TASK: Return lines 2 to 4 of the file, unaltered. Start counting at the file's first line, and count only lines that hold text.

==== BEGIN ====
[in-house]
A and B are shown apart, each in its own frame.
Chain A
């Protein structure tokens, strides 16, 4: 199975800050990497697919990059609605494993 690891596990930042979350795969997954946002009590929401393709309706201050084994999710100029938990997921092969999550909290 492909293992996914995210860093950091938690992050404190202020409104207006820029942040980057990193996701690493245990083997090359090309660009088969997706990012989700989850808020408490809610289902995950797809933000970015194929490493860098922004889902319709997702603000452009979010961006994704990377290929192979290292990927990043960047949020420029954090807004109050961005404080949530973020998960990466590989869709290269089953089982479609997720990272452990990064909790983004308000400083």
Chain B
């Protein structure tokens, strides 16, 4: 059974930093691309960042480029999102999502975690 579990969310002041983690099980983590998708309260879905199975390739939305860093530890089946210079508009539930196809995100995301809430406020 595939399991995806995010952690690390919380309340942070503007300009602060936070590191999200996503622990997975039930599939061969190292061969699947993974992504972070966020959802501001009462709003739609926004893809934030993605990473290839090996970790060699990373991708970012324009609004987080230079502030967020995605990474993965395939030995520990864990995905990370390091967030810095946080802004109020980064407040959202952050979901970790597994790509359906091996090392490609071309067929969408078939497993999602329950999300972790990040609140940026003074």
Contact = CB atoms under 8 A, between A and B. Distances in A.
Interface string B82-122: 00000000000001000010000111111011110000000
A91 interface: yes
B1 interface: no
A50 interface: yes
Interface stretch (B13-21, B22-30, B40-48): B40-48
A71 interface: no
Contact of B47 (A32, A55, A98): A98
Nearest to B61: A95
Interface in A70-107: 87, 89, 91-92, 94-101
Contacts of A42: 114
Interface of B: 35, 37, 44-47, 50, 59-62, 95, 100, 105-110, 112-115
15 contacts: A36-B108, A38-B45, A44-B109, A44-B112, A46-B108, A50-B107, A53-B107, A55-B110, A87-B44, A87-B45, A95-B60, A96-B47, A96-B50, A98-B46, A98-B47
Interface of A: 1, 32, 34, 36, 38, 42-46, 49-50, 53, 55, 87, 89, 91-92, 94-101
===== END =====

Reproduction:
A and B are shown apart, each in its own frame.
Chain A
């Protein structure tokens, strides 16, 4: 199975800050990497697919990059609605494993 690891596990930042979350795969997954946002009590929401393709309706201050084994999710100029938990997921092969999550909290 492909293992996914995210860093950091938690992050404190202020409104207006820029942040980057990193996701690493245990083997090359090309660009088969997706990012989700989850808020408490809610289902995950797809933000970015194929490493860098922004889902319709997702603000452009979010961006994704990377290929192979290292990927990043960047949020420029954090807004109050961005404080949530973020998960990466590989869709290269089953089982479609997720990272452990990064909790983004308000400083």